icon-tableticon_arrow_downicon_arrow_lefticon_arrow_left_largeicon_arrow_righticon_arrow_right_largeicon_arrow_upicon_backicon_bullet_arrowicon_bullet_doticon_callicon_closeicon_close_largeicon_compareicon_facebookicon_favouriteicon_googleplusicon_grid_officon_grid_onicon_informationicon_instagramicon_menuicon_messageicon_minusicon_pinteresticon_plusicon_quote_endicon_quote_starticon_radio_onicon_refreshicon_searchicon_shareicon_staricon_tick_onicon_twittericon_video_play

Lürssen Project Jupiter hits the water in largest launch of the year

The 123 metre Lürssen superyacht Project Jupiter has been pictured on the water for the first time after the hull was floated in Bremen earlier today (November 27).

This highly secretive project features in-house naval architecture and exterior styling by British studio H2 Yacht Design. The flowing lines blur the boundaries between the upper four decks and create a dynamic look.

Very little is known about Jupiter’s interior layout or engine set-up, but it is understood that the project was built to Lloyd’s Registry standards with interiors by March & White, while the full-displacement steel hull that supports an aluminium superstructure and teak decks. When delivered next year, Project Jupiter will officially rank among the world’s largest superyachts.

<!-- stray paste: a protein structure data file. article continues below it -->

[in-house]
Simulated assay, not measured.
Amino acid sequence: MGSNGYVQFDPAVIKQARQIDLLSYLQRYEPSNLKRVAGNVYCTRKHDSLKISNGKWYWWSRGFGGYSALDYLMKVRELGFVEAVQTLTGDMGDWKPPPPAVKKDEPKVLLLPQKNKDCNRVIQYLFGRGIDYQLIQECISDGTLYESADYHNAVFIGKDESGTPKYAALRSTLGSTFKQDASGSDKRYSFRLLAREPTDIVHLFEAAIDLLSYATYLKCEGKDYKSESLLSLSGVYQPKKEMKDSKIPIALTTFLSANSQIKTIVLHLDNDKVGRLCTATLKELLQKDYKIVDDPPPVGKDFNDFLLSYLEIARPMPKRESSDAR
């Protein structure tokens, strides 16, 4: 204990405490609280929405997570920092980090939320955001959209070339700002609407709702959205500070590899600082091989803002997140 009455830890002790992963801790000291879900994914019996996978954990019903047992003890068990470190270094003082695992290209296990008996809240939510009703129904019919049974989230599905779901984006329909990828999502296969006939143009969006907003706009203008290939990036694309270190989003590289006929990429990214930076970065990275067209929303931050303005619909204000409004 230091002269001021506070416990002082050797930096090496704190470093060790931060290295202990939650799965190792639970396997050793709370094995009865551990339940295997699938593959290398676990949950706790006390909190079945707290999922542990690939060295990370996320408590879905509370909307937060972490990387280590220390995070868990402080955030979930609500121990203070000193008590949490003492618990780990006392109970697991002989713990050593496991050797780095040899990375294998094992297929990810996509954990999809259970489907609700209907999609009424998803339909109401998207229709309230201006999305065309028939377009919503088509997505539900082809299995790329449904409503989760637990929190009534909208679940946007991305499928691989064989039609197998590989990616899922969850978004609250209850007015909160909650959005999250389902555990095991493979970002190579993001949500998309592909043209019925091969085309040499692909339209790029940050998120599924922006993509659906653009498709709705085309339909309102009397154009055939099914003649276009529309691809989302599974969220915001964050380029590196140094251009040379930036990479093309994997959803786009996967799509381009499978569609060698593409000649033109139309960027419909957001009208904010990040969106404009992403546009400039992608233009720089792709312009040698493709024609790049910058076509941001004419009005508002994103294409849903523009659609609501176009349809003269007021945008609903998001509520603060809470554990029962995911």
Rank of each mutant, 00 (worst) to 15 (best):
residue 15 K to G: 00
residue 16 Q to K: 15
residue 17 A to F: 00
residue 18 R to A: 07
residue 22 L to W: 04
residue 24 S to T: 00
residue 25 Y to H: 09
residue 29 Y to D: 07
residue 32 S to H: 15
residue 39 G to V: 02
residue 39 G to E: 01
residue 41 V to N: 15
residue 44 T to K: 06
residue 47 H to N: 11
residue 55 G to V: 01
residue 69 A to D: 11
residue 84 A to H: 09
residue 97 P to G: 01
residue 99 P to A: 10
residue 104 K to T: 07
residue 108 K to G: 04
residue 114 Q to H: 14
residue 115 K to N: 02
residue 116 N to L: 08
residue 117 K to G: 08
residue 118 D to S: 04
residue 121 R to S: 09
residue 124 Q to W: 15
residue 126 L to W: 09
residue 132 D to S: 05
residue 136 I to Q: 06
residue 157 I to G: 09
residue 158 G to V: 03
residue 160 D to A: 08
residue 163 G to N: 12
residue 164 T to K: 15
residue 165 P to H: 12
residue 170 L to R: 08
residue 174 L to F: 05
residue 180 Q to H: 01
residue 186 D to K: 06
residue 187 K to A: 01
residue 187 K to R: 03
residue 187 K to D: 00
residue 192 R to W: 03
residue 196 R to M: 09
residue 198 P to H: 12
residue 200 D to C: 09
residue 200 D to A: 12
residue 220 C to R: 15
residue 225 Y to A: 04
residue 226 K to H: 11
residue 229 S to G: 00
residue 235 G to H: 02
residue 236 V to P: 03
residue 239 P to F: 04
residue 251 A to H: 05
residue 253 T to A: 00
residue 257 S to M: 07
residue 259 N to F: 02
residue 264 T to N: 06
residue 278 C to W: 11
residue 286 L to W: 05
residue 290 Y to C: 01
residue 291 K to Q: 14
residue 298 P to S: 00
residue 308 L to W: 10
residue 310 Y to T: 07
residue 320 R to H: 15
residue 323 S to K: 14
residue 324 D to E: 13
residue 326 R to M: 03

Lürssen is no stranger to the upper echelons of yacht building, with eight of the world’s largest superyacht projects currently under construction at the German yard. These include an unnamed 146 metre superyacht and the 139 metre Project Redwood, which is due to launch in 2019.

This is H2’s first design for Lürssen and the studio’s third superyacht design over 100 metres in the past three years. Previous H2 projects on this scale include Kleven explorer yacht Ulysses and the 125 metre Maryah. The studio’s creative director Jonny Horsfield recently revealed his top 5 rules for superyacht design.

Watch as Project Jupiter is floated out of its shed

"We wanted to question the whole idea that a hull could not be styled or touched as it was a functional item and that we could cut into it in an outrageous manner," Horsfield explained. "The whole point of these designs with central balconies is to open up the centre of the yacht to avoid that long dead corridor effect."

The news of Project Jupiter’s launch comes just a few weeks after it was announced that Lürssen plans to acquire fellow German superyacht yard Blohm+Voss. The deal is subject to approval by the German competition commission and would create one giant super-yard with nine construction and refit facilities spread across the Continent.

Show all results for “%{term}